Human Genetics

, Volume 108, Issue 5, pp 416–429

Somatic NF1 mutational spectrum in benign neurofibromas: mRNA splice defects are common among point mutations

Authors

  •  E. Serra
    • Centre de Genètica Mèdica i Molecular – IRO, Hospital Duran i Reynals, Avia. Castelldefels, Km 2.7, L'Hospitalet de Llobregat, 08907-Barcelona, Spain
  •  E. Ars
    • Centre de Genètica Mèdica i Molecular – IRO, Hospital Duran i Reynals, Avia. Castelldefels, Km 2.7, L'Hospitalet de Llobregat, 08907-Barcelona, Spain
  •  A. Ravella
    • Servei de Dermatologia, Hospital de la Creu Roja, Barcelona, Spain
  •  A. Sánchez
    • Servei de Genètica (AS) and Servei de Dermatologia (SP), Hospital Clínic, Barcelona, Spain
  •  S. Puig
    • Servei de Genètica (AS) and Servei de Dermatologia (SP), Hospital Clínic, Barcelona, Spain
  •  T. Rosenbaum
    • Department of Neuropediatrics, Heinrich Heine University, Children's Hospital, Düsseldorf, Germany
  •  X. Estivill
    • Centre de Genètica Mèdica i Molecular – IRO, Hospital Duran i Reynals, Avia. Castelldefels, Km 2.7, L'Hospitalet de Llobregat, 08907-Barcelona, Spain
  •  C. Lázaro
    • Centre de Genètica Mèdica i Molecular – IRO, Hospital Duran i Reynals, Avia. Castelldefels, Km 2.7, L'Hospitalet de Llobregat, 08907-Barcelona, Spain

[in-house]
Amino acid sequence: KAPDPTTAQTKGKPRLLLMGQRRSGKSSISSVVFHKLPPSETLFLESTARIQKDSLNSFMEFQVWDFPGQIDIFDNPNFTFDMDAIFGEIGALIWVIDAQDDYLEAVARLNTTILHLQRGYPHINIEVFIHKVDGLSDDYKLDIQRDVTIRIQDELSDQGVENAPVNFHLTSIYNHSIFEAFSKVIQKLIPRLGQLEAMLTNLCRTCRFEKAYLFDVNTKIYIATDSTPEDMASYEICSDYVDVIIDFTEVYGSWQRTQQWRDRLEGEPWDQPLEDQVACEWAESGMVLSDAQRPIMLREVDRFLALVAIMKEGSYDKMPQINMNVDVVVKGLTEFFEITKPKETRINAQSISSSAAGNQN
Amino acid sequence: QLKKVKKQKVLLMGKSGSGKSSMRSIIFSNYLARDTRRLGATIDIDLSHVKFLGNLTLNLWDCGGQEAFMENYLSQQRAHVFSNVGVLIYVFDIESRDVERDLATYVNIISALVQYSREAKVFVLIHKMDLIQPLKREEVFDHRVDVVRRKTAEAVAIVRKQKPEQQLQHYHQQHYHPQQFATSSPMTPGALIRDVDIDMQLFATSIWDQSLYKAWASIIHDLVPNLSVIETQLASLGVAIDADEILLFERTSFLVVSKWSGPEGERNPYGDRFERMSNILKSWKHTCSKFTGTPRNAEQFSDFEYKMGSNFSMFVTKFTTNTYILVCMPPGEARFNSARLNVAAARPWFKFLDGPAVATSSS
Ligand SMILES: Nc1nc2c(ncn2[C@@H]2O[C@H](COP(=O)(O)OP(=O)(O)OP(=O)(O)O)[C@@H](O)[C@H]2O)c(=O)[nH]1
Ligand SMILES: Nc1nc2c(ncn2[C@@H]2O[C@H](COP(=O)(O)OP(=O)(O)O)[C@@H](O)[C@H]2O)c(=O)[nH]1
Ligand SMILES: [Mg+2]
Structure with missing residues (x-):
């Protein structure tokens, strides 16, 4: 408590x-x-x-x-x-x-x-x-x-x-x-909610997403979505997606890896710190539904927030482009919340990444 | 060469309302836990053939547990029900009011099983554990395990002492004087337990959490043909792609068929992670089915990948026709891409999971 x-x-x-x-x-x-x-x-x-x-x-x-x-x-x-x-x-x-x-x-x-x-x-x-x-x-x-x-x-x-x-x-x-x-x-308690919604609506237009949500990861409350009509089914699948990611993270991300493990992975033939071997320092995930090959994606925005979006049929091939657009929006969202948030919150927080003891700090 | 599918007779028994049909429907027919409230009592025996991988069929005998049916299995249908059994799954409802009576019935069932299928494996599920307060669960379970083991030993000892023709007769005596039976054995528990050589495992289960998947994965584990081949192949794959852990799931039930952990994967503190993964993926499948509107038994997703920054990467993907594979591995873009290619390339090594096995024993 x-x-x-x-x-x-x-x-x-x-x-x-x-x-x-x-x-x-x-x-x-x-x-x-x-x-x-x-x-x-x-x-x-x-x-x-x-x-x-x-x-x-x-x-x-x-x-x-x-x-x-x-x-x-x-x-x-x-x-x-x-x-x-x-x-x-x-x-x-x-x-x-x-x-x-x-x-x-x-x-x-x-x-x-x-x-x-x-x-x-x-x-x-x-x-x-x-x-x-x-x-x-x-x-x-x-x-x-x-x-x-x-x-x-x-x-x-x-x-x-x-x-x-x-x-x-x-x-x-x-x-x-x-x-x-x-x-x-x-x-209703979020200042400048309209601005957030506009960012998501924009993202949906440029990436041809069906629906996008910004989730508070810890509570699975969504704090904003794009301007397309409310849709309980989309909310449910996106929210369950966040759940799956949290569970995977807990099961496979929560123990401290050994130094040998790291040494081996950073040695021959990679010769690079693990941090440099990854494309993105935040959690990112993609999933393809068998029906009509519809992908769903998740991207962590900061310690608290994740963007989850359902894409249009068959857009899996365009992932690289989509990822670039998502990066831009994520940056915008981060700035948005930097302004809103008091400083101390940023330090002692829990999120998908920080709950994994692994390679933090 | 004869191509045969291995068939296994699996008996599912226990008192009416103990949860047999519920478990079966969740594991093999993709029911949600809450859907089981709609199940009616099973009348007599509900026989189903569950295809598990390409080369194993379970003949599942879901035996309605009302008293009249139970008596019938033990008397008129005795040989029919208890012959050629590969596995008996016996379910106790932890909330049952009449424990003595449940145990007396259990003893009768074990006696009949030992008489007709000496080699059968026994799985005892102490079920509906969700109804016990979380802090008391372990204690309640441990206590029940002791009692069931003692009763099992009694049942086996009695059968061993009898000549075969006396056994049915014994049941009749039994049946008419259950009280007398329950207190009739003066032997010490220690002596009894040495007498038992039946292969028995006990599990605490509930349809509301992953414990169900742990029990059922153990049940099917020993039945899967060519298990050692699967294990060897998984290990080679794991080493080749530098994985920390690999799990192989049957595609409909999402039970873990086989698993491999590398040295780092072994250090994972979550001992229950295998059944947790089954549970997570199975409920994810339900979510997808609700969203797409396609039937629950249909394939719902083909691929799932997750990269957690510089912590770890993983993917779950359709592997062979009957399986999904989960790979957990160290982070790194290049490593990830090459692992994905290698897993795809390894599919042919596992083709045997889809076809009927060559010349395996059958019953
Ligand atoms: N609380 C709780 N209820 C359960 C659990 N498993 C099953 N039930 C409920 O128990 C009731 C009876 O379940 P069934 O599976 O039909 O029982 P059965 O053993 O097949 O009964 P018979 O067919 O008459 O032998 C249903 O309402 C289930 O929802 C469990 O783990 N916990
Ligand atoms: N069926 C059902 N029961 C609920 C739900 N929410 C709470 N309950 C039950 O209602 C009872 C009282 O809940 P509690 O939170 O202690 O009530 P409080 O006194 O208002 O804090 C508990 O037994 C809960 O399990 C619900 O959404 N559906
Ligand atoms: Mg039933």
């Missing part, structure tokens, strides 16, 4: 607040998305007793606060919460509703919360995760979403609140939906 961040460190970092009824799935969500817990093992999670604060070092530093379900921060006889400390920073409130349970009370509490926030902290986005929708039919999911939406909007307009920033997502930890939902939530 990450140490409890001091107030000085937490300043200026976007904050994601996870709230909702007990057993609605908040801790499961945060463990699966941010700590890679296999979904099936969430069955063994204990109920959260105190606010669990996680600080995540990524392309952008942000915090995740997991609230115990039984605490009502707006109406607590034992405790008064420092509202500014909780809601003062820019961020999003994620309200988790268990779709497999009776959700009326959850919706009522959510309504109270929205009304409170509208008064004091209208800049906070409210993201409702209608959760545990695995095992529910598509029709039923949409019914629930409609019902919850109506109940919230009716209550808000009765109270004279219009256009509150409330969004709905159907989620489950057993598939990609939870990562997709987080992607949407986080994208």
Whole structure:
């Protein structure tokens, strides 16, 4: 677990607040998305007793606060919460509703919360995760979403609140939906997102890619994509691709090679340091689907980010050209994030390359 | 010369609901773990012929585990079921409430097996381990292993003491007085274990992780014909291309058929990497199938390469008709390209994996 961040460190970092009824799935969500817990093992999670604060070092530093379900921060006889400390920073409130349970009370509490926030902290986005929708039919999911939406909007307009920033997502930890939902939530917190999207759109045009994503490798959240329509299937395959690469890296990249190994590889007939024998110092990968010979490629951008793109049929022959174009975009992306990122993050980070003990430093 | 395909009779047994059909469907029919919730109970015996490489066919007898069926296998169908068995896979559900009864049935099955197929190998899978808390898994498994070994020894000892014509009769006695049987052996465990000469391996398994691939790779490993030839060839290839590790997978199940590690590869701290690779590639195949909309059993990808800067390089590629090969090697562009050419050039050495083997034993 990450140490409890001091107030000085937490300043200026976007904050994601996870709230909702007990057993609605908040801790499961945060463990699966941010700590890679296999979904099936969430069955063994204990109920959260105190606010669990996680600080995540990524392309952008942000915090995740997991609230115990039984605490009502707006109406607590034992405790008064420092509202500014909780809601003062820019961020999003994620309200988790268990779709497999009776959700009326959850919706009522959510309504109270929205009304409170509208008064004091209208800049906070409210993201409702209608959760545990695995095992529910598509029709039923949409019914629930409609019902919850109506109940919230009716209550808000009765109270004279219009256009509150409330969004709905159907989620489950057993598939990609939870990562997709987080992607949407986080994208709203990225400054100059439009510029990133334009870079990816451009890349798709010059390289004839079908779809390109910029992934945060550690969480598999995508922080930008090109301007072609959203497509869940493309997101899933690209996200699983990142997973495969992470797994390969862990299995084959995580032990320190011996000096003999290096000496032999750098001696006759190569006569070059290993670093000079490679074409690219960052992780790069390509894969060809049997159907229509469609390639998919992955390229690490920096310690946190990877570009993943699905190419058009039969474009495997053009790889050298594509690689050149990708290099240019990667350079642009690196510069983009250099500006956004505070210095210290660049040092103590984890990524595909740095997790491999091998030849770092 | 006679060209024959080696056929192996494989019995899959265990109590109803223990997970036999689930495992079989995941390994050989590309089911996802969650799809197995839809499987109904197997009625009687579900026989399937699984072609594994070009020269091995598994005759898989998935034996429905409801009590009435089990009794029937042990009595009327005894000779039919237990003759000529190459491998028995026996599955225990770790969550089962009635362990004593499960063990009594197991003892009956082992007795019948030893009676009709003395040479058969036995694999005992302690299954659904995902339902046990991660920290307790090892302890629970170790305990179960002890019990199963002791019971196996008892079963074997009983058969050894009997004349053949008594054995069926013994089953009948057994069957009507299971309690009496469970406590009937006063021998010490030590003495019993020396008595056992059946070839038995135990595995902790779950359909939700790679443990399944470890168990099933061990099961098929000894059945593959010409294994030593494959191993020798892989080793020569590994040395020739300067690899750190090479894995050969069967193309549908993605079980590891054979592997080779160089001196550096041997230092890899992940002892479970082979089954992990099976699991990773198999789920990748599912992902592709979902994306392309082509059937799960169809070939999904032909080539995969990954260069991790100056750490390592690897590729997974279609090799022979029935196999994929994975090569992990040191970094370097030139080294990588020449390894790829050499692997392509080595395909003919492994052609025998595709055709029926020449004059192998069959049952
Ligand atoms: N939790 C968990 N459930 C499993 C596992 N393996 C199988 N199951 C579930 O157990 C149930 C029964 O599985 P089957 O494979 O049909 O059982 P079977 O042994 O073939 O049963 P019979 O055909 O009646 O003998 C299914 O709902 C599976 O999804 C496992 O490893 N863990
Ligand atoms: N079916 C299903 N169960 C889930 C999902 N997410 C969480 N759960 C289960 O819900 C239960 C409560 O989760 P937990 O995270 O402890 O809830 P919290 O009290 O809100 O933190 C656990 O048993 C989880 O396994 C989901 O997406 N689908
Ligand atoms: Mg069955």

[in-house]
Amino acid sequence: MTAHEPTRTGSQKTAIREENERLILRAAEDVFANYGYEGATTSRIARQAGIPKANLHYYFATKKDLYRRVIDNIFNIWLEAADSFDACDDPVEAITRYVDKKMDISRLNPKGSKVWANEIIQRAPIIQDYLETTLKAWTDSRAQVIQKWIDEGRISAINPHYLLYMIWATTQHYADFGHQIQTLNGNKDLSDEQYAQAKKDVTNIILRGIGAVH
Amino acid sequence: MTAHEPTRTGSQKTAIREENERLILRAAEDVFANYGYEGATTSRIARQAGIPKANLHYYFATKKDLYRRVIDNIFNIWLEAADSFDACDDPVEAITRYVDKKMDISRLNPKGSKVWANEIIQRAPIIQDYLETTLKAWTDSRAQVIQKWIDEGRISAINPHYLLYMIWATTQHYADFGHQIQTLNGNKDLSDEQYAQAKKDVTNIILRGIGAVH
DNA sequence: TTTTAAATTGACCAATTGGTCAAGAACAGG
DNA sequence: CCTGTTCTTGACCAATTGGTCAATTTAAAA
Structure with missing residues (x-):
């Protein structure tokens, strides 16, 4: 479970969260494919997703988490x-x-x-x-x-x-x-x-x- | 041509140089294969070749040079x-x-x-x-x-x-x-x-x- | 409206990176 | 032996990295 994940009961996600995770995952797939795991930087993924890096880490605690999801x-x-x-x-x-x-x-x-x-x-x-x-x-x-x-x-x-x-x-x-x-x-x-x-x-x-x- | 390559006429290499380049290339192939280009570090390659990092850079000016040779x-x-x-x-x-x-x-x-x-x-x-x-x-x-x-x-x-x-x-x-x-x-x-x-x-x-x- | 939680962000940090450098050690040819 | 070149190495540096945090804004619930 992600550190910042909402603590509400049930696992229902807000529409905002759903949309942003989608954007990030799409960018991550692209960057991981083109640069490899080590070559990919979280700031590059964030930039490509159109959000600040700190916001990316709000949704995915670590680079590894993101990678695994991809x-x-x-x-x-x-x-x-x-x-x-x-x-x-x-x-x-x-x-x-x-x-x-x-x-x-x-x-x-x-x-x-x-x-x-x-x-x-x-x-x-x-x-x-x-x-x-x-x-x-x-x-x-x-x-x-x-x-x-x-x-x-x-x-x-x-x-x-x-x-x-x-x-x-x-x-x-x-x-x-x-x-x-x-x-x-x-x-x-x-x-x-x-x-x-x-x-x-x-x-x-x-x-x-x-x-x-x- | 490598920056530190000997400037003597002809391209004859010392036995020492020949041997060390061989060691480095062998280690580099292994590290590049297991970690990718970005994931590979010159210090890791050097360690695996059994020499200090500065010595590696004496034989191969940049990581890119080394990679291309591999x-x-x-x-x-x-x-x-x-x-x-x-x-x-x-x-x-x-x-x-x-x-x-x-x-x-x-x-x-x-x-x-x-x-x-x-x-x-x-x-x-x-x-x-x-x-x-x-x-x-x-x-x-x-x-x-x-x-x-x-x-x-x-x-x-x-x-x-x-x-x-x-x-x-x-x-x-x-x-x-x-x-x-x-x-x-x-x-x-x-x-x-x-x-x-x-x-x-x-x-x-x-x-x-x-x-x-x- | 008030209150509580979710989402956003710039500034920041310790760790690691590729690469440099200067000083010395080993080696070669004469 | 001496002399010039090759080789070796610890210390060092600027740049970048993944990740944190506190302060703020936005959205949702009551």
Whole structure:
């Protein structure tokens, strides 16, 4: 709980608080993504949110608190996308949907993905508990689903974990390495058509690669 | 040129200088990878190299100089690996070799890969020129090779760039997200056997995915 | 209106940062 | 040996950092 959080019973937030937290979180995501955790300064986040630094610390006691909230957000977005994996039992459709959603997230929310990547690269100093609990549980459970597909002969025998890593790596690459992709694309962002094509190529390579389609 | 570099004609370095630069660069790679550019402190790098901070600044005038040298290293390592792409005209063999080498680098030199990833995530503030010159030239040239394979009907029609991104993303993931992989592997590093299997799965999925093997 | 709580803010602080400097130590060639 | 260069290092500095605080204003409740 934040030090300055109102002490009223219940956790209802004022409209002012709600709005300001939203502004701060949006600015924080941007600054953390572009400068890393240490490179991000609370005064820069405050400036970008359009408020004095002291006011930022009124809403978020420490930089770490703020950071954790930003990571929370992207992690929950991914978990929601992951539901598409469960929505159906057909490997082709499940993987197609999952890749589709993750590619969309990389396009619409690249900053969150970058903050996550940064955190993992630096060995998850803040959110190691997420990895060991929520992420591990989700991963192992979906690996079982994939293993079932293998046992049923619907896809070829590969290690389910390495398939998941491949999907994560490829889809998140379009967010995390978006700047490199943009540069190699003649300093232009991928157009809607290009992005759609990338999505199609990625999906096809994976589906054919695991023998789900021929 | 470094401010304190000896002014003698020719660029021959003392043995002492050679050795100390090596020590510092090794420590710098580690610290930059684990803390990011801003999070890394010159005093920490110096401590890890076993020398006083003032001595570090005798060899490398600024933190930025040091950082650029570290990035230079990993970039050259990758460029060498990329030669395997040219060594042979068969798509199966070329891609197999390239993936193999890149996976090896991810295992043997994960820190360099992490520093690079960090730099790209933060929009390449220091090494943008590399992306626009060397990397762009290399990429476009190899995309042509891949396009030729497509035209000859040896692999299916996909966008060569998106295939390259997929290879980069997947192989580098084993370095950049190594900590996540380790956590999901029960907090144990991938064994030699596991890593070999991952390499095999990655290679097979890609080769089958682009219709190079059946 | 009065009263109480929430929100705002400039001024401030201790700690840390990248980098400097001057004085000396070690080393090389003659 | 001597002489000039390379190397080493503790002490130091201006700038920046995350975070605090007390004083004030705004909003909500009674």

Original Investigation

DOI: 10.1007/s004390100514

Cite this article as:
Serra, E., Ars, E., Ravella, A. et al. Hum Genet (2001) 108: 416. doi:10.1007/s004390100514

Abstract.

Neurofibromas, benign tumors that originate from the peripheral nerve sheath, are a hallmark of neurofibromatosis type 1 (NF1). Although loss of heterozygosity (LOH) is a common phenomenon in this neoplasia, it only accounts for part of the somatic NF1 mutations found. Somatic point mutations or the presence of "two hits" in the NF1 gene have only been reported for a few neurofibromas. The large size of the NF1 gene together with the multicellular composition of these tumors has greatly hampered their molecular characterization. Here, we present the somatic NF1 mutational analysis of the whole set of neurofibromas studied by our group and consisting in 126 tumors derived from 32 NF1 patients. We report the identification of 45 independent somatic NF1 mutations, 20 of which are reported for the first time. Different types of point mutations together with LOH affecting the NF1 gene and its surrounding region or extending along the 17q arm have been found. Among point mutations, those affecting the correct splicing of the NF1 gene are common, coinciding with results reported on germline NF1 mutations. In most cases, we have been able to confirm that both copies of the NF1 gene are inactivated. We have also found that both somatic and germline mutations can be expressed at the RNA level in the neoplastic cells. Furthermore, we have observed that the study of more than one tumor derived from the same patient is useful for the identification of the germline mutation. Finally, we have noticed that the culture of neurofibromas and their fibroblast clearance facilitates LOH detection in cases in which it is difficult to determine.

Copyright information

© Springer-Verlag 2001